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Felt facts

Felt is a textile. It is not woven or knitted but is a constructed fabric - the earliest known to humans. Felt can be made by machine or hand and develops when wool (or other natural fibres) are tangled up. I prefer using merino wool as it felts together more quickly than other varieties, sometimes incorporating fibres such as silk to develop designs onto the surface.

Each wool fibre has a series of overlapping scales. When you pour hot water onto the wool fibres, the scales open up. Then, when you rub it, the scales interlock and close up tighter than ever. The wool's waxy coating gives felt a water-resistant quality.

About the Feltmaker - Avigail Ochert

I'm an MA qualified artist educator and former teacher and have been running art workshops since 2001. I combine my feltmaking practice with work as an environmental educator based at Kew Gardens.I've worked with a wide range of participants including schoolchildren of all ages and abilities, young offenders, the elderly, children/young people and adults with specail needs, family groups, refugees and a charity supporting bereaved children. My workshops take place in many settings, from schools to community centres, museums, galleries and outdoor spaces.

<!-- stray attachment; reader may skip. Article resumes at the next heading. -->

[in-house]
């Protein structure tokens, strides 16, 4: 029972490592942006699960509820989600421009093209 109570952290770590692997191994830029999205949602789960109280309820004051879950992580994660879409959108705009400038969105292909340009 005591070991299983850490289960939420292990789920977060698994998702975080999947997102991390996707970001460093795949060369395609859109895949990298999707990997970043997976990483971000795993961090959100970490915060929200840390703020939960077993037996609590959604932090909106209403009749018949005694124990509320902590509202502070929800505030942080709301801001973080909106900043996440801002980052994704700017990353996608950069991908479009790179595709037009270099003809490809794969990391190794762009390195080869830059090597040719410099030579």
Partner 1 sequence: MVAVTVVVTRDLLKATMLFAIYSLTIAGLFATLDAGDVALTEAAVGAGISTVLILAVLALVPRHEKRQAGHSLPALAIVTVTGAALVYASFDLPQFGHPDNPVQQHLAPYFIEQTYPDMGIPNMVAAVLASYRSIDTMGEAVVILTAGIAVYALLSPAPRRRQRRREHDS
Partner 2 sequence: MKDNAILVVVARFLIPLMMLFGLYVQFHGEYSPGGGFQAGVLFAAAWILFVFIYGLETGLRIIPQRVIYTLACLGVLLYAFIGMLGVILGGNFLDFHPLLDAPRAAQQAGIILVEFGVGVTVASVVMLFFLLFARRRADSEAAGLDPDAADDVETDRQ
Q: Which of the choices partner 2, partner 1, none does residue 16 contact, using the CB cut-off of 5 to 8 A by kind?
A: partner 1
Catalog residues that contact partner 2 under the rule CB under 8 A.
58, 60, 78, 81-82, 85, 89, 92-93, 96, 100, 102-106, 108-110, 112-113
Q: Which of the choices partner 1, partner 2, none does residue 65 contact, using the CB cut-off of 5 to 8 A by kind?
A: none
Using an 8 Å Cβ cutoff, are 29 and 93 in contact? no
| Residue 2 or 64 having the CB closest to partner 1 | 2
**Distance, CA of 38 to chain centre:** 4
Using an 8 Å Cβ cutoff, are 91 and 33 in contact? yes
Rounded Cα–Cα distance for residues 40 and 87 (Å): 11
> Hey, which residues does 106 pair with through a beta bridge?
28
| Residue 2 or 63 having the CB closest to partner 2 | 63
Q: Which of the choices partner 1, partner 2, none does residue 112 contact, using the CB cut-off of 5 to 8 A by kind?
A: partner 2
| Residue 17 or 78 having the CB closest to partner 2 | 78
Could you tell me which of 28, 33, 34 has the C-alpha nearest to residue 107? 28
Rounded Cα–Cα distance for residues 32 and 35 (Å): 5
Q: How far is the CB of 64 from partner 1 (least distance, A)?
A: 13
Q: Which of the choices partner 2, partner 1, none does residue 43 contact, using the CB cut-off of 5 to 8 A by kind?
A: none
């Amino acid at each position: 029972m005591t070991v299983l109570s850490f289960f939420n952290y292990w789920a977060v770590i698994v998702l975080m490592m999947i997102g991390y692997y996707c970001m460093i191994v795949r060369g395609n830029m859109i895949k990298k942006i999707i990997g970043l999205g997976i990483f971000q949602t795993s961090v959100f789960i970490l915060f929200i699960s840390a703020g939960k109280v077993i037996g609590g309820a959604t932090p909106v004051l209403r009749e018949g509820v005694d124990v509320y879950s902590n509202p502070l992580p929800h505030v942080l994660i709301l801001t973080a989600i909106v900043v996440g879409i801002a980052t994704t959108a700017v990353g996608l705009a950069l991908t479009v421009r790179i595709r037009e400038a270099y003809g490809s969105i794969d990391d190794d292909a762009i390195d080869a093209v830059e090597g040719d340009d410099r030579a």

Feltmaking and creativity

I am passionate about developing children's creativity: my workshops engage learners on many levels and are sufficiently open-ended to allow children to make creative choices. Participants may explore a theme selected by your learning setting, for example, I have led feltmaking workshops based on the four seasons, healthy eating, happiness, environmental issues, and concerns around identity. I enable younger users to explore colour and texture through a multisensory approach. I often take children's drawings or designs as a starting point and I teach older children and young people how to develop their drawings into handmade felt using a painterly technique I have developed. Students have worked with me to create hanging felted panels as well as using 3D techniques, sometimes combining feltmaking with centrecane or other structures to explore form. Where it's appropriate I encourage an experimental, mixed-media approach, for example incorporating other fibres into felt and stitching into it. Workshops usually end with a mini-exhibition, allowing time for reflection. Artwork I've created with participants has been exhibited in schools, galleries and outdoor spaces. Each project I work on is unique, tailored to the needs of participants and I aim to encourage each child individually, enabling them to learn and apply new skills in a fun environment.

 

 

 

 

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